What was it that Cicero said? There is nothing so absurd that Peter Singer hasn’t said it? Something like that.

The Princeton philosophy professor’s latest effusion offers an extraordinarily limited conception of religious freedom. Taking up controversies in the Netherlands over restrictions on kosher and halal butchering, and in the U.S over the contraceptive mandate, Singer tells the pious, in effect, to get over it and subordinate their consciences to the wishes of the majority. If there isn’t an explicit religious requirement that Jews and Muslims must eat meat, that Catholics must operate universities and hospitals, then they can remain free to practice their religion in the privacy of their own homes, temples, mosques, and churches.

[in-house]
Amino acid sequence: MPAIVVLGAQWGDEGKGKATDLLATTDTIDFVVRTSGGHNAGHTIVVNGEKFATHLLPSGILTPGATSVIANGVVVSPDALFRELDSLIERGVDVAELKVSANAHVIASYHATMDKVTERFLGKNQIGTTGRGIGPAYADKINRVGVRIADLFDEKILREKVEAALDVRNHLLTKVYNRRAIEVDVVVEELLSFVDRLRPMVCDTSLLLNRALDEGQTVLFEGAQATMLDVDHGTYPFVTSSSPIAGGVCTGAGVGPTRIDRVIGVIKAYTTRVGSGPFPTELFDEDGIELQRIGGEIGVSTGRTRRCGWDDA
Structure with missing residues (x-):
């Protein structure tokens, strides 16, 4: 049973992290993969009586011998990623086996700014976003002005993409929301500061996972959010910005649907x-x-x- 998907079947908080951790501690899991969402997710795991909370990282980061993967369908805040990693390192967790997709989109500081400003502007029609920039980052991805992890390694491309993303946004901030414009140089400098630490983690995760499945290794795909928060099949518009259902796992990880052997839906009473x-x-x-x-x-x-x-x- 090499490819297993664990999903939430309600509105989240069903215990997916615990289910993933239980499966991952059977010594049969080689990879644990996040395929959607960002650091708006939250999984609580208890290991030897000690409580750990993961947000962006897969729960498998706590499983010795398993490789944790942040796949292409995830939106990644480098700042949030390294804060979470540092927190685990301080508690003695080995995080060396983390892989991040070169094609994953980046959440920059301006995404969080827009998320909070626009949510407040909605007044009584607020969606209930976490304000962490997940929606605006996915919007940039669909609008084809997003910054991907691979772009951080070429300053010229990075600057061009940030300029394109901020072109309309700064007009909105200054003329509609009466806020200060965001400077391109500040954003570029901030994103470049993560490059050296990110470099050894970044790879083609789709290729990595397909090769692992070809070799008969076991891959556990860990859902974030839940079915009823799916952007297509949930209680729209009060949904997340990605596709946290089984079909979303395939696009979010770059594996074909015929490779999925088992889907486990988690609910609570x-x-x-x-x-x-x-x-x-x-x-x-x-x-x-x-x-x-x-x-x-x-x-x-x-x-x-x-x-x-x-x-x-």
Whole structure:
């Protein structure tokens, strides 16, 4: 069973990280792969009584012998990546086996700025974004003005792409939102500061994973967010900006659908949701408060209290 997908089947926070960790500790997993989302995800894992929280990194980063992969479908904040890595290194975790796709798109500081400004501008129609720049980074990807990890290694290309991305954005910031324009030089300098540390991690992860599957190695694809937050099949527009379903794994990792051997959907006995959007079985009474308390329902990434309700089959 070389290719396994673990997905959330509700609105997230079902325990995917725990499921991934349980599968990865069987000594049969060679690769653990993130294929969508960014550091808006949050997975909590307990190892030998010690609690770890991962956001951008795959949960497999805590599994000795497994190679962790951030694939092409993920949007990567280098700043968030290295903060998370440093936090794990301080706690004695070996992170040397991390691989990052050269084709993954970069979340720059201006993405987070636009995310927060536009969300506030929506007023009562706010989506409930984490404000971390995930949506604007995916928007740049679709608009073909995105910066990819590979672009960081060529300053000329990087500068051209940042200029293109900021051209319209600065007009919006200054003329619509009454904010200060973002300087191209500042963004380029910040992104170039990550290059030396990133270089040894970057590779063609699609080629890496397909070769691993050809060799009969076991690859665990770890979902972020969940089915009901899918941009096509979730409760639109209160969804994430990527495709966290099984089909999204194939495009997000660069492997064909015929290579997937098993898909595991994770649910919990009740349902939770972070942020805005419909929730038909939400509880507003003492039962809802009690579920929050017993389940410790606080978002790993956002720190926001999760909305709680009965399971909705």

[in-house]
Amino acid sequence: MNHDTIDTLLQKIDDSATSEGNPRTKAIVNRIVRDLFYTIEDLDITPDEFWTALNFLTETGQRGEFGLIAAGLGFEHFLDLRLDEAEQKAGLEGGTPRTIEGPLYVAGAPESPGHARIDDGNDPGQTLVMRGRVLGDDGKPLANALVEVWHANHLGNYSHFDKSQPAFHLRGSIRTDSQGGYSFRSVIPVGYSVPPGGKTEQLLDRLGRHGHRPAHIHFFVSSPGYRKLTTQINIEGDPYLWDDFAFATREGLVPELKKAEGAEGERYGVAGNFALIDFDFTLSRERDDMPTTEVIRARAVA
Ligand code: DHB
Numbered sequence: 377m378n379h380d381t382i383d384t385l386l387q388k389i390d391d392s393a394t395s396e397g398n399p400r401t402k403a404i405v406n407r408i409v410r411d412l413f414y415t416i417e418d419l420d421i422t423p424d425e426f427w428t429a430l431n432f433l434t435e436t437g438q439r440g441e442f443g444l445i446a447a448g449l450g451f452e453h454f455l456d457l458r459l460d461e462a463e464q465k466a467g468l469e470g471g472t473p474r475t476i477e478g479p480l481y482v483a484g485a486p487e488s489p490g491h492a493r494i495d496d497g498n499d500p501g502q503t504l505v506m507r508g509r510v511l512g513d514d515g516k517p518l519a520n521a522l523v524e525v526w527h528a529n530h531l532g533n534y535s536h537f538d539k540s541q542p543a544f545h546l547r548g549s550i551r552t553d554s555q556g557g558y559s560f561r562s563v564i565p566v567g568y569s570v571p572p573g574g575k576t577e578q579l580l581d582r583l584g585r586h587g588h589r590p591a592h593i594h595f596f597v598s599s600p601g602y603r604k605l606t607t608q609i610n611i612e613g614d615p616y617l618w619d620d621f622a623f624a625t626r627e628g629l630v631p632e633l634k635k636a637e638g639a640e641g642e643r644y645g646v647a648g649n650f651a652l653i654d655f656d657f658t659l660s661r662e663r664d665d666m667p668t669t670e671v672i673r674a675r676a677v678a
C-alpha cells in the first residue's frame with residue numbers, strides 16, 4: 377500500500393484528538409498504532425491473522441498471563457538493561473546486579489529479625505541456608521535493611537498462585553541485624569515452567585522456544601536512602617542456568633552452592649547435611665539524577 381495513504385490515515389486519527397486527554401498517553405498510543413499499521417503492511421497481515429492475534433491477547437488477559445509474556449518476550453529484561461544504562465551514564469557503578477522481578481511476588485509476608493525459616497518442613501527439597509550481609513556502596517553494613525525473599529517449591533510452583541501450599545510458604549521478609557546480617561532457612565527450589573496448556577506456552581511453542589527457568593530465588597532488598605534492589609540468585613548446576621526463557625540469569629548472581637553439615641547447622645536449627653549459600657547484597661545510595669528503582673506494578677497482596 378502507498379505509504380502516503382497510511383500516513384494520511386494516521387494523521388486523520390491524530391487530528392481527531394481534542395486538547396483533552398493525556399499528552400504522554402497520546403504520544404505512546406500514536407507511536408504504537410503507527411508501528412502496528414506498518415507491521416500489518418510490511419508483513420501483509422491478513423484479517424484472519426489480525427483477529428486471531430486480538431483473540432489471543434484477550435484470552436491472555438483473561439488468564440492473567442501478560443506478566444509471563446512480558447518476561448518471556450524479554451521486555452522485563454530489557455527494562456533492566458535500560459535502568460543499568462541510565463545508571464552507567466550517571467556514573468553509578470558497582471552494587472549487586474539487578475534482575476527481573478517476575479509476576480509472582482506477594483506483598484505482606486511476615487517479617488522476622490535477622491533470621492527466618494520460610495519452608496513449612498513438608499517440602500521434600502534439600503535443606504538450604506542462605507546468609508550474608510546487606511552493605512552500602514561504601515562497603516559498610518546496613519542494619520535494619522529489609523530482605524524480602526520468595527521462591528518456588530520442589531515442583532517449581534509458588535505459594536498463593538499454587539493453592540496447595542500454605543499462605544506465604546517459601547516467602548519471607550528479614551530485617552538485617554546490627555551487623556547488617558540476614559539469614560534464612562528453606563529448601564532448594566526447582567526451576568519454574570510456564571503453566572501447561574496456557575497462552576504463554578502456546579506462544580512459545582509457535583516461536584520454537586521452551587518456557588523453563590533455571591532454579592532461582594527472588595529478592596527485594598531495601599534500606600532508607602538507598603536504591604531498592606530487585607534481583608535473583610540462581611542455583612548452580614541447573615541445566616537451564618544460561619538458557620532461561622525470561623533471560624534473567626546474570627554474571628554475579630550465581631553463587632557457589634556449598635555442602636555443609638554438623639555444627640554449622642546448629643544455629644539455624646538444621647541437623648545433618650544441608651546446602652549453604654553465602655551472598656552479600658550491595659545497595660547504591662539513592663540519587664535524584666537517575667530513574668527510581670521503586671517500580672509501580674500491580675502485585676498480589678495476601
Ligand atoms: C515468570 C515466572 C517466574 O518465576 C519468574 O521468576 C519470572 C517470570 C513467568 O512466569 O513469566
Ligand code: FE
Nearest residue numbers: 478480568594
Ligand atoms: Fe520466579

It’s that simple, he says. Professor Singer is quite comfortable deciding what the exercise of religion means, what genuine religious obligations are, for all the world’s faiths. We’re free so long as he says we are. In other instances, we should bend our knees before the preferences of the majority.

There’s nothing so absurd . . .

Articles by Joseph Knippenberg

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